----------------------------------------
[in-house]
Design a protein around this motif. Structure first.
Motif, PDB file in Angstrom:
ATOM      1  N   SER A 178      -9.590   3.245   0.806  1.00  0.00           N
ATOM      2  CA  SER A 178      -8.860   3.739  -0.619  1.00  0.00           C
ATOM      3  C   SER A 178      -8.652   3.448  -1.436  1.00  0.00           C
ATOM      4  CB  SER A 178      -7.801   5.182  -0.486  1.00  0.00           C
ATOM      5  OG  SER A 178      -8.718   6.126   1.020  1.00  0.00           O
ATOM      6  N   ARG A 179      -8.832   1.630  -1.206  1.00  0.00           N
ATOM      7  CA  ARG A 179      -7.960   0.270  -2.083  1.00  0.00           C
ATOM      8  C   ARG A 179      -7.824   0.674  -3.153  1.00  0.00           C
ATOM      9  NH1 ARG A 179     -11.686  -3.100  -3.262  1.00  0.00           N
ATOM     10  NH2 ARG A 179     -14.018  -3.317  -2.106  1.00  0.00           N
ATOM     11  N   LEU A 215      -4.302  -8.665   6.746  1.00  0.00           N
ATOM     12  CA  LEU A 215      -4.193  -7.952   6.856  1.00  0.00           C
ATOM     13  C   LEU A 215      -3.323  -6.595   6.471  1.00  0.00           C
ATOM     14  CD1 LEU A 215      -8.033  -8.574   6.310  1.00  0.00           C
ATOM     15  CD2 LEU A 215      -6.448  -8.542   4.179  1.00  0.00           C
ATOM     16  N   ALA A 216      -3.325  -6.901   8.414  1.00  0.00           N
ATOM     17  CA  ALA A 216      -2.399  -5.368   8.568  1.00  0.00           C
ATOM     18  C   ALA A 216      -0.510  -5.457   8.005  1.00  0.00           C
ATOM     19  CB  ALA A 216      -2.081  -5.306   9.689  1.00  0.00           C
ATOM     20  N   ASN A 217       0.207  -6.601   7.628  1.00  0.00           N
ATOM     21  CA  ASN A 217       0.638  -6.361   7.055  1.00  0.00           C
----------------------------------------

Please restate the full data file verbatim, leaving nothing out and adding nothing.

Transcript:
[in-house]
Design a protein around this motif. Structure first.
Motif, PDB file in Angstrom:
ATOM      1  N   SER A 178      -9.590   3.245   0.806  1.00  0.00           N
ATOM      2  CA  SER A 178      -8.860   3.739  -0.619  1.00  0.00           C
ATOM      3  C   SER A 178      -8.652   3.448  -1.436  1.00  0.00           C
ATOM      4  CB  SER A 178      -7.801   5.182  -0.486  1.00  0.00           C
ATOM      5  OG  SER A 178      -8.718   6.126   1.020  1.00  0.00           O
ATOM      6  N   ARG A 179      -8.832   1.630  -1.206  1.00  0.00           N
ATOM      7  CA  ARG A 179      -7.960   0.270  -2.083  1.00  0.00           C
ATOM      8  C   ARG A 179      -7.824   0.674  -3.153  1.00  0.00           C
ATOM      9  NH1 ARG A 179     -11.686  -3.100  -3.262  1.00  0.00           N
ATOM     10  NH2 ARG A 179     -14.018  -3.317  -2.106  1.00  0.00           N
ATOM     11  N   LEU A 215      -4.302  -8.665   6.746  1.00  0.00           N
ATOM     12  CA  LEU A 215      -4.193  -7.952   6.856  1.00  0.00           C
ATOM     13  C   LEU A 215      -3.323  -6.595   6.471  1.00  0.00           C
ATOM     14  CD1 LEU A 215      -8.033  -8.574   6.310  1.00  0.00           C
ATOM     15  CD2 LEU A 215      -6.448  -8.542   4.179  1.00  0.00           C
ATOM     16  N   ALA A 216      -3.325  -6.901   8.414  1.00  0.00           N
ATOM     17  CA  ALA A 216      -2.399  -5.368   8.568  1.00  0.00           C
ATOM     18  C   ALA A 216      -0.510  -5.457   8.005  1.00  0.00           C
ATOM     19  CB  ALA A 216      -2.081  -5.306   9.689  1.00  0.00           C
ATOM     20  N   ASN A 217       0.207  -6.601   7.628  1.00  0.00           N
ATOM     21  CA  ASN A 217       0.638  -6.361   7.055  1.00  0.00           C